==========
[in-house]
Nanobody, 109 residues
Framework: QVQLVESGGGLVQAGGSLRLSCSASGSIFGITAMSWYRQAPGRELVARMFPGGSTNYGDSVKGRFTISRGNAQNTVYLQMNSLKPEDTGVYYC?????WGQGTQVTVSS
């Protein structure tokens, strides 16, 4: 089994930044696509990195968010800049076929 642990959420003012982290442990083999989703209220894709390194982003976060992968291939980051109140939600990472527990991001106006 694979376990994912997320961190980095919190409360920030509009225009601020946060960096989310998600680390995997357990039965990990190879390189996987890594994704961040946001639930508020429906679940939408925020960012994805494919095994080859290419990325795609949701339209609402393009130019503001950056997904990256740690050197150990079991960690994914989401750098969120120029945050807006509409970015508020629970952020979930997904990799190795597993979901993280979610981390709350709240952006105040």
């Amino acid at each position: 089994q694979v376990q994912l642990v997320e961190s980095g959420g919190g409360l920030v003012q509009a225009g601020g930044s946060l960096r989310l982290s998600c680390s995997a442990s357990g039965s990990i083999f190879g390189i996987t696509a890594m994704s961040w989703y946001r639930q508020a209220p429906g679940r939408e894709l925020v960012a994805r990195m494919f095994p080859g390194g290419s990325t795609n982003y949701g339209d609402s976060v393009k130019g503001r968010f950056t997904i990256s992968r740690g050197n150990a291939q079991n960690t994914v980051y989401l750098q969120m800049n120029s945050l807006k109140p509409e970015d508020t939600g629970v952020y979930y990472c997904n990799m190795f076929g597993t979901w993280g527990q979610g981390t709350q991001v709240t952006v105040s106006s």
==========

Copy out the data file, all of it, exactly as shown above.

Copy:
[in-house]
Nanobody, 109 residues
Framework: QVQLVESGGGLVQAGGSLRLSCSASGSIFGITAMSWYRQAPGRELVARMFPGGSTNYGDSVKGRFTISRGNAQNTVYLQMNSLKPEDTGVYYC?????WGQGTQVTVSS
């Protein structure tokens, strides 16, 4: 089994930044696509990195968010800049076929 642990959420003012982290442990083999989703209220894709390194982003976060992968291939980051109140939600990472527990991001106006 694979376990994912997320961190980095919190409360920030509009225009601020946060960096989310998600680390995997357990039965990990190879390189996987890594994704961040946001639930508020429906679940939408925020960012994805494919095994080859290419990325795609949701339209609402393009130019503001950056997904990256740690050197150990079991960690994914989401750098969120120029945050807006509409970015508020629970952020979930997904990799190795597993979901993280979610981390709350709240952006105040």
């Amino acid at each position: 089994q694979v376990q994912l642990v997320e961190s980095g959420g919190g409360l920030v003012q509009a225009g601020g930044s946060l960096r989310l982290s998600c680390s995997a442990s357990g039965s990990i083999f190879g390189i996987t696509a890594m994704s961040w989703y946001r639930q508020a209220p429906g679940r939408e894709l925020v960012a994805r990195m494919f095994p080859g390194g290419s990325t795609n982003y949701g339209d609402s976060v393009k130019g503001r968010f950056t997904i990256s992968r740690g050197n150990a291939q079991n960690t994914v980051y989401l750098q969120m800049n120029s945050l807006k109140p509409e970015d508020t939600g629970v952020y979930y990472c997904n990799m190795f076929g597993t979901w993280g527990q979610g981390t709350q991001v709240t952006v105040s106006s």